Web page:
When someone dies, you’ll need to get the legal right to deal with their property, money and possessions (their ‘estate’).
England and Wales
You may be able to apply for a ‘grant of representation’ - known as ‘probate’.
You can apply yourself or use a solicitor or another person licensed to provide probate services.
Most cases follow the same basic process.
Check if there’s a will - this normally states who sorts out the estate. If there’s no will the next of kin can apply.
Apply to get a ‘grant of representation’ - this gives you the legal right to access things like the person’s bank account.
Value the estate and report it to HMRC.
Pay any Inheritance Tax that’s due.
Collect the estate’s assets, for example money from the sale of the person’s property.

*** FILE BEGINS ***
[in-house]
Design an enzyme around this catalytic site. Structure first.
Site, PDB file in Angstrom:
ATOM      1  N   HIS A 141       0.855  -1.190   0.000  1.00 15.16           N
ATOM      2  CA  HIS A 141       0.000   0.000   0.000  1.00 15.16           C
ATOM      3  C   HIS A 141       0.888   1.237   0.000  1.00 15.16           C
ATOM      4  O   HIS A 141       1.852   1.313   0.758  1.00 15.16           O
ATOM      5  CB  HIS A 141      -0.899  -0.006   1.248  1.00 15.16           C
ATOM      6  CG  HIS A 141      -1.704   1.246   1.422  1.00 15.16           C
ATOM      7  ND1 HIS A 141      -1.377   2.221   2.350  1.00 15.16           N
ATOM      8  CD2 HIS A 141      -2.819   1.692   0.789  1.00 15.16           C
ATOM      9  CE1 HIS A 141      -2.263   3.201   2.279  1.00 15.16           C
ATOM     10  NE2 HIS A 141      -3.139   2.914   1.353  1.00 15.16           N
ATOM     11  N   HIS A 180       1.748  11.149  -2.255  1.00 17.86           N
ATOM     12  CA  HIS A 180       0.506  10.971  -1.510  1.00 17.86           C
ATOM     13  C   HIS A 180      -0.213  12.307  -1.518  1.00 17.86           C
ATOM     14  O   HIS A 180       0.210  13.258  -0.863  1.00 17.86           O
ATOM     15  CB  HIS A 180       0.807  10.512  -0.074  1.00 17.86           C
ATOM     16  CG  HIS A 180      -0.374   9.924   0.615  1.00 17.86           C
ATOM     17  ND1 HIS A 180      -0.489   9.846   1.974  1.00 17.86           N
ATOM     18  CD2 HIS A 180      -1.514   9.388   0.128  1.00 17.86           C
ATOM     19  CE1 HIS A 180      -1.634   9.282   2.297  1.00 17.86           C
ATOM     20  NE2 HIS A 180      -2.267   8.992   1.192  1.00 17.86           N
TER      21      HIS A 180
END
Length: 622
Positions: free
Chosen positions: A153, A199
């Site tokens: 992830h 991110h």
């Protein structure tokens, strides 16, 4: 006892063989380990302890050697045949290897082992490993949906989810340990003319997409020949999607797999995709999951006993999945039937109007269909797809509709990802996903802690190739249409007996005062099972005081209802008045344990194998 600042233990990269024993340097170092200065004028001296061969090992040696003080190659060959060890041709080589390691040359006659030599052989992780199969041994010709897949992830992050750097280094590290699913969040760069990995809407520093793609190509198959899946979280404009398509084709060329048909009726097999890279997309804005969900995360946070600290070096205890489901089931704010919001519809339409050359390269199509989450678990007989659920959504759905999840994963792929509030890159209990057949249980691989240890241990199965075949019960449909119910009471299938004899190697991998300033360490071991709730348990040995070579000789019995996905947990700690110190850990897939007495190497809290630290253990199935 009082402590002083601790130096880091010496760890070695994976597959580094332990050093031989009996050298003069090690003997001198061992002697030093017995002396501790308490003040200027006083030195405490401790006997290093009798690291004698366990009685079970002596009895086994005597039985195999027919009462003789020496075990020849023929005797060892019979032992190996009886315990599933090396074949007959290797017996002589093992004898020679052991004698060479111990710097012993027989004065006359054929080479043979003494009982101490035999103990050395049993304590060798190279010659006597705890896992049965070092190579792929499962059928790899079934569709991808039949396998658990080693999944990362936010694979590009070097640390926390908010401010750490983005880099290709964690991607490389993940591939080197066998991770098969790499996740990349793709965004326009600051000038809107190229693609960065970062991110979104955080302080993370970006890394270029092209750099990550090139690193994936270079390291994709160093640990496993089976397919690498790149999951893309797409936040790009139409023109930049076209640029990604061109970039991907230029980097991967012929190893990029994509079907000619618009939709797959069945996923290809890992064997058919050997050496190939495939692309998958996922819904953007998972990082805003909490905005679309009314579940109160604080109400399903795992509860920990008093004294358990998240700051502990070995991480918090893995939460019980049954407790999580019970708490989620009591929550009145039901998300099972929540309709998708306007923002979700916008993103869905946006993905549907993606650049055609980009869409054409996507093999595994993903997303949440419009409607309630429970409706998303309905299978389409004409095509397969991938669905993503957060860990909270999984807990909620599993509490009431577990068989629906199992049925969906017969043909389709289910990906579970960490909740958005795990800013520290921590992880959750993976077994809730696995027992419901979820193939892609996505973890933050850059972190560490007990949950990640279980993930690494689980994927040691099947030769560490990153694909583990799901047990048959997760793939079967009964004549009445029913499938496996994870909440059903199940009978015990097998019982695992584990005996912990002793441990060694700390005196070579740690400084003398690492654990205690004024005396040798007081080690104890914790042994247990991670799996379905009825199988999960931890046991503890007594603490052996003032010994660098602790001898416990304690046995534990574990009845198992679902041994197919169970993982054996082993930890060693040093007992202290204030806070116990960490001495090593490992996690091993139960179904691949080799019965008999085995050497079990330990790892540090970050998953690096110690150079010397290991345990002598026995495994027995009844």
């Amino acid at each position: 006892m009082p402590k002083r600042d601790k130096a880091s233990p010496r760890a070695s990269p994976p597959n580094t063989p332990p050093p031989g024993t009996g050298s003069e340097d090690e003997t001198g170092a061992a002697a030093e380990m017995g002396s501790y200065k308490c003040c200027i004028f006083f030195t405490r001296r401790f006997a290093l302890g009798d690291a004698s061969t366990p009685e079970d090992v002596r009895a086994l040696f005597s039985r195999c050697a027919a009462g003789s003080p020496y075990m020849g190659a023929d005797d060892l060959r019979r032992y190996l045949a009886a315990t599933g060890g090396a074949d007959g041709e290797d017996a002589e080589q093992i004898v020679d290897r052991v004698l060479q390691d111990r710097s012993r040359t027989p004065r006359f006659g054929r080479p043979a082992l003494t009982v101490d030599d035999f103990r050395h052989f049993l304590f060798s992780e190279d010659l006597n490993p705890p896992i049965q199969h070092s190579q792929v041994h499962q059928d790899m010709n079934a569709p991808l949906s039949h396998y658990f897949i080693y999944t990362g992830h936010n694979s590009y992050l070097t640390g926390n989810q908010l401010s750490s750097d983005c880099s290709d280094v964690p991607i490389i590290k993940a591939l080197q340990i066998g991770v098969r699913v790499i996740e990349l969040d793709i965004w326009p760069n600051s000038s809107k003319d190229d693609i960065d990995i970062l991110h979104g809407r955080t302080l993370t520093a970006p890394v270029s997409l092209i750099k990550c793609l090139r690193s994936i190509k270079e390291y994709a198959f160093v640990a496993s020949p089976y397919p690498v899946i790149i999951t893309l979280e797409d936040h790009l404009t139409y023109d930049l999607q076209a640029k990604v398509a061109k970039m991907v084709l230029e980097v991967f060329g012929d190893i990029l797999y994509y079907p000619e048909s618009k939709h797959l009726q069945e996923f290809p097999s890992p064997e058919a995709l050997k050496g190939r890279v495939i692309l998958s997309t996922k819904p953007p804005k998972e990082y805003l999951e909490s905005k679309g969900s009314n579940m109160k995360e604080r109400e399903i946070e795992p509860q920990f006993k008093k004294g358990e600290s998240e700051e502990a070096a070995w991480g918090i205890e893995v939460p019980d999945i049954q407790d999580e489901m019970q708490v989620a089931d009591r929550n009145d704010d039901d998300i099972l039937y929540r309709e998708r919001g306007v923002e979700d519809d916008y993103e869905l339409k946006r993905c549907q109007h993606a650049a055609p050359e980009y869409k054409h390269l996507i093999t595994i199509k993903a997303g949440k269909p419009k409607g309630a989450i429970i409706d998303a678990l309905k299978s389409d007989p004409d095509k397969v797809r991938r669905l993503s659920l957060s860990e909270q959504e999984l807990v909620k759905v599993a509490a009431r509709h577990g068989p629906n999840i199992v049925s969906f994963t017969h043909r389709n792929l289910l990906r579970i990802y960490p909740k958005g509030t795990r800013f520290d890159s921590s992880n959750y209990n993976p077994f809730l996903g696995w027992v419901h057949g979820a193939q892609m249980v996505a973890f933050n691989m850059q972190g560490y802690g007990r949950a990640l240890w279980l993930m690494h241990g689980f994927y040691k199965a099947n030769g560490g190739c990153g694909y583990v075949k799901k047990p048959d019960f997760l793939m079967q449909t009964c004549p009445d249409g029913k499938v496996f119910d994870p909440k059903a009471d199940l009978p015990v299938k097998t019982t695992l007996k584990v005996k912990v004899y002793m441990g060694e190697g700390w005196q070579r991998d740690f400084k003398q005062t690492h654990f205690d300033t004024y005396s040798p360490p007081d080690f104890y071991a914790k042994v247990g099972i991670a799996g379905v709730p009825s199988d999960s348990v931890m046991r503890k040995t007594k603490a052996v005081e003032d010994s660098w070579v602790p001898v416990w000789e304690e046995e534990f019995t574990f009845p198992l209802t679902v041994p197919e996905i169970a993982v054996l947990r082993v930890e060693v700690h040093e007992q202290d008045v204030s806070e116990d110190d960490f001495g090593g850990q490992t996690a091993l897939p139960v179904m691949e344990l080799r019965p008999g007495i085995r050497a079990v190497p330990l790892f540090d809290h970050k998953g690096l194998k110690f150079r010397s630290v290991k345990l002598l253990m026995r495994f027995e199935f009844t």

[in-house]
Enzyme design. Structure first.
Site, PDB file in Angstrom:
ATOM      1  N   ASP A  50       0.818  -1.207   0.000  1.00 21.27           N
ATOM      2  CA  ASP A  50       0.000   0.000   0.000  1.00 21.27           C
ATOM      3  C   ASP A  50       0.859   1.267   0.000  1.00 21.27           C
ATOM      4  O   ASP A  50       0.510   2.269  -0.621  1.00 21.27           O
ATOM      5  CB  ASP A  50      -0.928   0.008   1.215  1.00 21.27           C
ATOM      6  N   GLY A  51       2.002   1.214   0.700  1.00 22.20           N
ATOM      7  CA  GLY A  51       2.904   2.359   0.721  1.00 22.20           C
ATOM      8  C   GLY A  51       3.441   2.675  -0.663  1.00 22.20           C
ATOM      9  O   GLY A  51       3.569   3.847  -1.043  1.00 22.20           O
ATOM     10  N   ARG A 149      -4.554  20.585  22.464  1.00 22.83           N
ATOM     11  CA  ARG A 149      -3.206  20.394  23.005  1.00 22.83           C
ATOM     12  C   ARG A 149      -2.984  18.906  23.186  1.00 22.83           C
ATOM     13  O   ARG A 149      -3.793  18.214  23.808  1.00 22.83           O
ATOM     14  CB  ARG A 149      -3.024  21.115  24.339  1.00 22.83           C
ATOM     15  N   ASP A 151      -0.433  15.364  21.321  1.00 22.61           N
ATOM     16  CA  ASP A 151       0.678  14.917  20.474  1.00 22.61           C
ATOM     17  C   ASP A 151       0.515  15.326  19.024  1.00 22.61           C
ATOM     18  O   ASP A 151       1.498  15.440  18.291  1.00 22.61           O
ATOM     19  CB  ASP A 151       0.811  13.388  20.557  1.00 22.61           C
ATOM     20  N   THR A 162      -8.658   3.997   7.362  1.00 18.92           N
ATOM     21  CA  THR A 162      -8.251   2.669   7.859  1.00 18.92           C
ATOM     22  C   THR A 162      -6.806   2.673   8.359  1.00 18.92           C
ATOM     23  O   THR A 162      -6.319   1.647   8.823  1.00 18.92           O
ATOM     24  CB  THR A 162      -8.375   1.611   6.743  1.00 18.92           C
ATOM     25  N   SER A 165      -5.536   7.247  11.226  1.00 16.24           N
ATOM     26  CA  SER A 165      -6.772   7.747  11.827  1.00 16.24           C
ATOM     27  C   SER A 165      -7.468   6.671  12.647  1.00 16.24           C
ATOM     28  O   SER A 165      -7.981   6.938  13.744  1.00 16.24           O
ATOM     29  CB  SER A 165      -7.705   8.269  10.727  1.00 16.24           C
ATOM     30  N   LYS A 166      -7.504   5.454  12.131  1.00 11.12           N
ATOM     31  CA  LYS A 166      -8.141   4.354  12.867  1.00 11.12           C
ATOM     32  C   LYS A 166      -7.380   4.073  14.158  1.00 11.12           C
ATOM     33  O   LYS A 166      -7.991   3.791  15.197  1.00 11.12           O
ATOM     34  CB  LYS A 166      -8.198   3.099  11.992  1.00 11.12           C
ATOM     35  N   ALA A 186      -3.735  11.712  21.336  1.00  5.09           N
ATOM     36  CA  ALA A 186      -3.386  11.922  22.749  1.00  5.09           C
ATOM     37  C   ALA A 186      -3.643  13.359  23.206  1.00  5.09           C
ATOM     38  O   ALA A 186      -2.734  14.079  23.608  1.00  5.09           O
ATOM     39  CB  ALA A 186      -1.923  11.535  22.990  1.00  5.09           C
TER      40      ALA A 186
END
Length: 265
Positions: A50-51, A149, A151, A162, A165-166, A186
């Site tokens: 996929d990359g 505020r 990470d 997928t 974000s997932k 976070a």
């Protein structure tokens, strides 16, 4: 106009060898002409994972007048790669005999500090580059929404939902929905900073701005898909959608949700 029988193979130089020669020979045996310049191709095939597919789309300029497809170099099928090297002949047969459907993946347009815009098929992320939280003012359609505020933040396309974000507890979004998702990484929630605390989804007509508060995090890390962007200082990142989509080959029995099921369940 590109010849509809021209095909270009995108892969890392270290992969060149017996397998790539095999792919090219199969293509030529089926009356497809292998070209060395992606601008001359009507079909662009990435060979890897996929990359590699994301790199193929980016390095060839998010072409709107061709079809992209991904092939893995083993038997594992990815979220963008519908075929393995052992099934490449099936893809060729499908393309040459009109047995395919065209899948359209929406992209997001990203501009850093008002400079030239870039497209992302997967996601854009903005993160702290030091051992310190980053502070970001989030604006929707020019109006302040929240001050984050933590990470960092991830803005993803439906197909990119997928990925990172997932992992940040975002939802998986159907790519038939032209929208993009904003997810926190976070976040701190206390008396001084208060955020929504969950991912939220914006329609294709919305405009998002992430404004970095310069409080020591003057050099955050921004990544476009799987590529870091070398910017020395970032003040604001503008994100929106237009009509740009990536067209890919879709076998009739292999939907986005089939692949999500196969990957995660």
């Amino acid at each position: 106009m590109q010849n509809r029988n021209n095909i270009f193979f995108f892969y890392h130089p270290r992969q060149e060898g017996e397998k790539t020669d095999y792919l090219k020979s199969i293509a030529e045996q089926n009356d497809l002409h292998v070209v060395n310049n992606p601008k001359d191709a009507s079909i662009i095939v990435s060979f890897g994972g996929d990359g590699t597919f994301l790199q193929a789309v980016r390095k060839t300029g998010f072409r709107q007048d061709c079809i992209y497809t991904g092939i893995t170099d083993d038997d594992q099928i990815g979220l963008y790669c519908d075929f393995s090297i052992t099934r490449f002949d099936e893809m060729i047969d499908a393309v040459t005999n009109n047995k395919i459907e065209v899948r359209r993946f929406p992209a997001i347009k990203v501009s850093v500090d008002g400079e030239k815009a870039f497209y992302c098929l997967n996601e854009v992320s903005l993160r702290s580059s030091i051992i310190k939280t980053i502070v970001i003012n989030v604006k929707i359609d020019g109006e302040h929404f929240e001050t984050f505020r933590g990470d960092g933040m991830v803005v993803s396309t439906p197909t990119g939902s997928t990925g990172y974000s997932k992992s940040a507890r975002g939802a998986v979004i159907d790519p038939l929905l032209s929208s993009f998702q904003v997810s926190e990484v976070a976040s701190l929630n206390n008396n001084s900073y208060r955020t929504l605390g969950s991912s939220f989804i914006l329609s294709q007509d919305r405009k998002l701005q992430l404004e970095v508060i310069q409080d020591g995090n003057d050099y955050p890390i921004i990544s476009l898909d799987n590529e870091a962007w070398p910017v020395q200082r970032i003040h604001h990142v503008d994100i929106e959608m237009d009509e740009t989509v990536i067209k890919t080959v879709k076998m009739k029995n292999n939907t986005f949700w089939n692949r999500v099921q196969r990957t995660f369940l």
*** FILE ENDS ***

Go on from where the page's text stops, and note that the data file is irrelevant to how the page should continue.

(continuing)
Pay any debts, for example unpaid utilities bills.
Distribute the estate - this means giving any property, money or possessions to the people entitled to it (‘beneficiaries’).
A grant of representation can sometimes be known as a ‘grant of probate’, ‘letters of administration’ or ‘letters of administration with a will’.
When a grant of representation may not be needed
You don’t normally need a grant if the estate either:
- passes to the surviving spouse or civil partner because it was held in joint names, for example a savings account
- doesn’t include land, property or shares
You should contact the organisation holding the money, for example the bank or building society. They may ask for proof of death, for example the death certificate after the death has been registered.
Each financial institution has its own rules - you may still need to apply for a grant.